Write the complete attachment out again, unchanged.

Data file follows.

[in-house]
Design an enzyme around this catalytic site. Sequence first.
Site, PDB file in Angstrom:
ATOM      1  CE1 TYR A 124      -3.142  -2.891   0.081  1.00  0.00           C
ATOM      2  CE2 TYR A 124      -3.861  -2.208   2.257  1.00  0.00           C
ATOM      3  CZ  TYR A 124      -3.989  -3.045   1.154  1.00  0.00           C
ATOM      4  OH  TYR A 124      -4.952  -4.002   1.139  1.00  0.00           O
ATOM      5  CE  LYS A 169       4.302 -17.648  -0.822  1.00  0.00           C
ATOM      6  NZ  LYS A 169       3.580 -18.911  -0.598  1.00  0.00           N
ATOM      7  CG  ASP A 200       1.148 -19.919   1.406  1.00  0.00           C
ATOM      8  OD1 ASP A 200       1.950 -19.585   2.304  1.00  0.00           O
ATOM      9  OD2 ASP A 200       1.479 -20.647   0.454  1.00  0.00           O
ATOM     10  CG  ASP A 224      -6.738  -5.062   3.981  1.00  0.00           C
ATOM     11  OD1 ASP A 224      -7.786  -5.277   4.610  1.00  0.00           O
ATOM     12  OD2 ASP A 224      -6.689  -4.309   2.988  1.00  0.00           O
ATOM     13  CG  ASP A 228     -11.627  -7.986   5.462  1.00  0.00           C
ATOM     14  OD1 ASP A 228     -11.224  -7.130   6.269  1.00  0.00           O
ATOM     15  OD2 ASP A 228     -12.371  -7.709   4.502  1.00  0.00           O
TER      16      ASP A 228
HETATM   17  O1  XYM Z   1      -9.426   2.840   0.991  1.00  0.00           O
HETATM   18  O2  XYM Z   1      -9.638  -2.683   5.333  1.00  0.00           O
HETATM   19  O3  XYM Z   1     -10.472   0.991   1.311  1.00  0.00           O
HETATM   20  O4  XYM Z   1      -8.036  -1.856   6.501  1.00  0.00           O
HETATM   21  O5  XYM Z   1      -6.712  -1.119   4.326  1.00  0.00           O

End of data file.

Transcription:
[in-house]
Design an enzyme around this catalytic site. Sequence first.
Site, PDB file in Angstrom:
ATOM      1  CE1 TYR A 124      -3.142  -2.891   0.081  1.00  0.00           C
ATOM      2  CE2 TYR A 124      -3.861  -2.208   2.257  1.00  0.00           C
ATOM      3  CZ  TYR A 124      -3.989  -3.045   1.154  1.00  0.00           C
ATOM      4  OH  TYR A 124      -4.952  -4.002   1.139  1.00  0.00           O
ATOM      5  CE  LYS A 169       4.302 -17.648  -0.822  1.00  0.00           C
ATOM      6  NZ  LYS A 169       3.580 -18.911  -0.598  1.00  0.00           N
ATOM      7  CG  ASP A 200       1.148 -19.919   1.406  1.00  0.00           C
ATOM      8  OD1 ASP A 200       1.950 -19.585   2.304  1.00  0.00           O
ATOM      9  OD2 ASP A 200       1.479 -20.647   0.454  1.00  0.00           O
ATOM     10  CG  ASP A 224      -6.738  -5.062   3.981  1.00  0.00           C
ATOM     11  OD1 ASP A 224      -7.786  -5.277   4.610  1.00  0.00           O
ATOM     12  OD2 ASP A 224      -6.689  -4.309   2.988  1.00  0.00           O
ATOM     13  CG  ASP A 228     -11.627  -7.986   5.462  1.00  0.00           C
ATOM     14  OD1 ASP A 228     -11.224  -7.130   6.269  1.00  0.00           O
ATOM     15  OD2 ASP A 228     -12.371  -7.709   4.502  1.00  0.00           O
TER      16      ASP A 228
HETATM   17  O1  XYM Z   1      -9.426   2.840   0.991  1.00  0.00           O
HETATM   18  O2  XYM Z   1      -9.638  -2.683   5.333  1.00  0.00           O
HETATM   19  O3  XYM Z   1     -10.472   0.991   1.311  1.00  0.00           O
HETATM   20  O4  XYM Z   1      -8.036  -1.856   6.501  1.00  0.00           O
HETATM   21  O5  XYM Z   1      -6.712  -1.119   4.326  1.00  0.00           O